"I was not the brains behind this, more the heart and soul," Drost says. "I didn't figure out the mistake; the inspector general did. But I had the instinct on how to handle this."

Drost says what raised his suspicions about the contract was conversations with senior DFAS managers in Cleveland who couldn't publicly speak out about the contract for fear of losing their jobs. He says they feared DFAS leaders were determined to privatize the Cleveland jobs because the agency had decided against privatization in earlier bid competitions around the country and now feared trouble with the Bush administration if it didn't transfer some jobs to the private sector. What also aroused Drost's concerns were the resignations of high-ranking DFAS colleagues who went to work for the contractor before the government awarded the contract. In addition, he believed e-mails that superiors showed him indicated DFAS was so set on outsourcing that it wouldn't let a contractor fail.

"Lots of things made us wonder if something was fishy," Drost says. "It seemed so blatant."

The inspector general's office found the bidding was bungled by an independent contractor hired to evaluate bids, Alabama-based Mevatec Corp. The inspector general determined that Mevatec improperly added extra personnel costs to a bid submitted by the American Federation of Government Employees union, whose members previously handled the work at DFAS. Mevatec's miscalculation led it to decide that ACS could perform the job more cheaply than the government, so DFAS turned over the jobs to the non-union contractor.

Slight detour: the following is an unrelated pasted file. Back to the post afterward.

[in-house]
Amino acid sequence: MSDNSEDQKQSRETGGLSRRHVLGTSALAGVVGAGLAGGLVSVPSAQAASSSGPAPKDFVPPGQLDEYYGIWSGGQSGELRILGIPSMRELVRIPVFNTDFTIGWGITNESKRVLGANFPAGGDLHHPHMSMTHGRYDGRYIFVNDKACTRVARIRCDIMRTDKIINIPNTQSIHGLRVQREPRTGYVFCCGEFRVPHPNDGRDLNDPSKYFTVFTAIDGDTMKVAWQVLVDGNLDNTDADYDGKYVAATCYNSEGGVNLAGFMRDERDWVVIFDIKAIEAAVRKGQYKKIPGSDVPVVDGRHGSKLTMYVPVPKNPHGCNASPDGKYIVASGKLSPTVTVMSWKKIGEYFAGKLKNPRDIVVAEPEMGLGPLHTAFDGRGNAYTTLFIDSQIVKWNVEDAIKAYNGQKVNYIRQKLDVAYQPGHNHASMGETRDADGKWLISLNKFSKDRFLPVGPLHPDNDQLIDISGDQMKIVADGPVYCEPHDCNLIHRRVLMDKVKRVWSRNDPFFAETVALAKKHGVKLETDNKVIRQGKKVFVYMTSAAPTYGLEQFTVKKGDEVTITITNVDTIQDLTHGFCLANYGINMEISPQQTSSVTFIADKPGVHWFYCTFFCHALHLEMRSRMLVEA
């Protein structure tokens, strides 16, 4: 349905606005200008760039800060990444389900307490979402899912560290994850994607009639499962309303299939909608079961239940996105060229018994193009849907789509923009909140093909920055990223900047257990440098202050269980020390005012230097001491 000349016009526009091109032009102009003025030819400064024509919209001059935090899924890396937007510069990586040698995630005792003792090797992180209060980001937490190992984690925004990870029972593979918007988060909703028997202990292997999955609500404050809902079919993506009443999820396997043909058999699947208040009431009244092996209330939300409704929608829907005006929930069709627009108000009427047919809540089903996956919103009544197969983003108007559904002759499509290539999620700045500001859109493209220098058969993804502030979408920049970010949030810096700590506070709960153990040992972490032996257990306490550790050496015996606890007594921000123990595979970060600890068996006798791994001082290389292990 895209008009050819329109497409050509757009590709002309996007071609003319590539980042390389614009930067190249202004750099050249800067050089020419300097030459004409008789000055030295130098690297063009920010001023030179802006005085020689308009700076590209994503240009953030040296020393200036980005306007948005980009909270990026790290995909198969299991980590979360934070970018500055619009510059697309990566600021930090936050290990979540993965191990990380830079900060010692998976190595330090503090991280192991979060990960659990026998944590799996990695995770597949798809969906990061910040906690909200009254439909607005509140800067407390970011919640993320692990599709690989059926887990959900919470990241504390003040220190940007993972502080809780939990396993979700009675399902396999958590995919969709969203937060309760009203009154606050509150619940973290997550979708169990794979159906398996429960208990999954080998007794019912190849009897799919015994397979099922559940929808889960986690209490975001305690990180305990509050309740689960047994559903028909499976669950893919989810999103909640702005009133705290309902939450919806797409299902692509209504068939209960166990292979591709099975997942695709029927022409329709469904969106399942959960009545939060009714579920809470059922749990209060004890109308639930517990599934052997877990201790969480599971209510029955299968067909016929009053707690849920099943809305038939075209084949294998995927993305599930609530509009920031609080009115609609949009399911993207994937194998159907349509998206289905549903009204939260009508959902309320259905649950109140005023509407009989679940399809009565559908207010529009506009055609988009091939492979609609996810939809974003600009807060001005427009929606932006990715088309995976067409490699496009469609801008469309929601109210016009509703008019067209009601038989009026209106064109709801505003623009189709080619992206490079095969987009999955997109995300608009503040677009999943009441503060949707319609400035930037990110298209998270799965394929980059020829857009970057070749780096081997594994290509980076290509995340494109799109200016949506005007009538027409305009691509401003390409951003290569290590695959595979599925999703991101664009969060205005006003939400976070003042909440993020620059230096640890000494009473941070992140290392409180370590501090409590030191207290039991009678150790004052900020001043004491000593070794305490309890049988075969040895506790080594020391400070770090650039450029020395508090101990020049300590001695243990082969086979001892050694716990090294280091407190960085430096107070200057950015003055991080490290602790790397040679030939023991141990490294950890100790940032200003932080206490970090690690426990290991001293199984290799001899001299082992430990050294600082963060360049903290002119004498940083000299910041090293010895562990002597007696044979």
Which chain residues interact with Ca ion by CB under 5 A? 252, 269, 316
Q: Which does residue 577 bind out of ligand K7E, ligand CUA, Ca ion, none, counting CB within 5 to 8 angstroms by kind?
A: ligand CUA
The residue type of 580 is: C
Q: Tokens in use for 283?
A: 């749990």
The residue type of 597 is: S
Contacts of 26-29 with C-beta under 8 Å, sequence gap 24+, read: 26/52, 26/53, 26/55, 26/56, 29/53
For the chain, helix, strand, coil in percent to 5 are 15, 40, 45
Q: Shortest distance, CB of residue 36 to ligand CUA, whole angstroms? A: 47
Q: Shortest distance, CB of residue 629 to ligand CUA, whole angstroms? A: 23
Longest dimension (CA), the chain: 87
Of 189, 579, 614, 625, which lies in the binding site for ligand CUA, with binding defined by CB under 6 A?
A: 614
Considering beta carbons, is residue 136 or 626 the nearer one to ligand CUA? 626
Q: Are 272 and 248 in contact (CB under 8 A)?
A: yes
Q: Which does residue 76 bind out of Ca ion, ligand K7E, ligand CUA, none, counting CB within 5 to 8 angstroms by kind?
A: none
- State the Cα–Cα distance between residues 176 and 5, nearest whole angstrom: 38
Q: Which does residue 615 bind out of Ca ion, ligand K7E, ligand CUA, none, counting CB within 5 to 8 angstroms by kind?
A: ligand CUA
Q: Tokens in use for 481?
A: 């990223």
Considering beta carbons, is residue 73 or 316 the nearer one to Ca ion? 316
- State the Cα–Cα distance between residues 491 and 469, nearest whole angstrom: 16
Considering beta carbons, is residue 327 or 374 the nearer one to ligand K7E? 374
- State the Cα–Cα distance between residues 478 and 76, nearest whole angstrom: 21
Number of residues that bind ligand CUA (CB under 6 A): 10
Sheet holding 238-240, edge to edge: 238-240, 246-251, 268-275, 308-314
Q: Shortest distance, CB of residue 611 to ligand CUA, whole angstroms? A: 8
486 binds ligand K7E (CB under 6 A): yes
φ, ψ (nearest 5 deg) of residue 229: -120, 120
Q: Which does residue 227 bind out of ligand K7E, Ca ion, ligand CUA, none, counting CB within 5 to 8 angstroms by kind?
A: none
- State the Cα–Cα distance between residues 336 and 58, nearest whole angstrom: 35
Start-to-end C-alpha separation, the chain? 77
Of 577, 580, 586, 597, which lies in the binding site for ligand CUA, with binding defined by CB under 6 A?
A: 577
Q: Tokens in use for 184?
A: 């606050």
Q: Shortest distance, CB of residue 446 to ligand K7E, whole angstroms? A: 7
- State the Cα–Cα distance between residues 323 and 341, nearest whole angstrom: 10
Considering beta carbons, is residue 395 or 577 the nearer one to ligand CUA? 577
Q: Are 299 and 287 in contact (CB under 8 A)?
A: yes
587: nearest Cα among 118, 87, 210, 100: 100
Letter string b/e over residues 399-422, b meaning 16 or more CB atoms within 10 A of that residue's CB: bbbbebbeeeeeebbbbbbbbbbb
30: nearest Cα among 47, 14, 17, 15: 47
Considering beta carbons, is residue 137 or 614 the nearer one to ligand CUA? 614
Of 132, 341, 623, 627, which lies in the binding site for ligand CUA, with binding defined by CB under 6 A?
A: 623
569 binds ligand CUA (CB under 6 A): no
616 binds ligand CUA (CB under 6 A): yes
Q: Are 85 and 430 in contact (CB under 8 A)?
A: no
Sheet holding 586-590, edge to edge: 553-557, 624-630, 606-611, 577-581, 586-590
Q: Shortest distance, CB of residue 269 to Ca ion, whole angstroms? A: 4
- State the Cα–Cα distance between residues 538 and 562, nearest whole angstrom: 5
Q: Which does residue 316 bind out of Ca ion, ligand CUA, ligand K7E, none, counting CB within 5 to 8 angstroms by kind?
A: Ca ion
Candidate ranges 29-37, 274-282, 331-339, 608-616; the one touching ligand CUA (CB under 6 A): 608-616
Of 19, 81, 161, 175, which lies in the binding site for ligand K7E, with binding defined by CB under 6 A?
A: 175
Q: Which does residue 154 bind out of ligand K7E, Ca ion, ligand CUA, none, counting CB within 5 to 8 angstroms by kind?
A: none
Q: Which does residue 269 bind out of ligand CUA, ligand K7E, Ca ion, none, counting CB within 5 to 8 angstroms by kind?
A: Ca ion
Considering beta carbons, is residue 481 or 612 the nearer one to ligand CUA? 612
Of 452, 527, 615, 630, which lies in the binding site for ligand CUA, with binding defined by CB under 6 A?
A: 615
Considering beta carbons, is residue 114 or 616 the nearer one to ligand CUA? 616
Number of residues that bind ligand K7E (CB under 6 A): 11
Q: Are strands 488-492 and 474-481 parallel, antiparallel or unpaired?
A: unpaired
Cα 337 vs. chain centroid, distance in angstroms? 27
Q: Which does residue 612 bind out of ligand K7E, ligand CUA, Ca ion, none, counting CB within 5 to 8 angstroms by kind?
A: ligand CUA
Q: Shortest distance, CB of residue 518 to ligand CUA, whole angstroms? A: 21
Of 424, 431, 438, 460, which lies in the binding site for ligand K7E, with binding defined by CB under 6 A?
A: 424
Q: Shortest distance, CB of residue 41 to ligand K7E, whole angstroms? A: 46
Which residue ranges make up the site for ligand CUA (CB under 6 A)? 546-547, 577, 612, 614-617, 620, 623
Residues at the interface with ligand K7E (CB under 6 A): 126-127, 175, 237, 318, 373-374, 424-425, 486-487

DFAS spokesman Bryan Hubbard says all workers affected by the change were offered other DFAS posts, jobs with the contractor or buyouts. According to Hubbard, 176 employees who accepted early retirement from DFAS went to work for the contractor while also collecting government pensions.

Hubbard says his agency is pursuing remedies against Mevatec that are afforded under its contract with the company, but he says he cannot disclose them because they are of a "proprietary, contractual" nature. A spokesman for the company that purchased Mevatec refuses to comment on the issue.

DFAS has decided to keep the work with ACS, despite the inspector general's findings and a contract cancellation request from five local members of Congress: Kucinich, Stephanie Tubbs Jones, Sherrod Brown, Marcy Kaptur and Steve LaTourette. Hubbard says that transferring the jobs back to the government would be a "significant undertaking" that would involve recruiting and hiring employees and "re-establishing processes" for doing the work turned over to the contractor.

Hubbard, who denies Drost's allegation that the error was a deliberate attempt to rig the bidding, says DFAS has retained the contract because it saved the government money, and DFAS is satisfied with the contractor's performance. He says DFAS paid ACS almost $5 million less than it anticipated in the contract's first year and that a recent Office of Personnel Management survey that showed customer satisfaction among the 2.5 million military retirees and their survivors served by DFAS rose 8 percent since ACS began processing benefits in January 2002.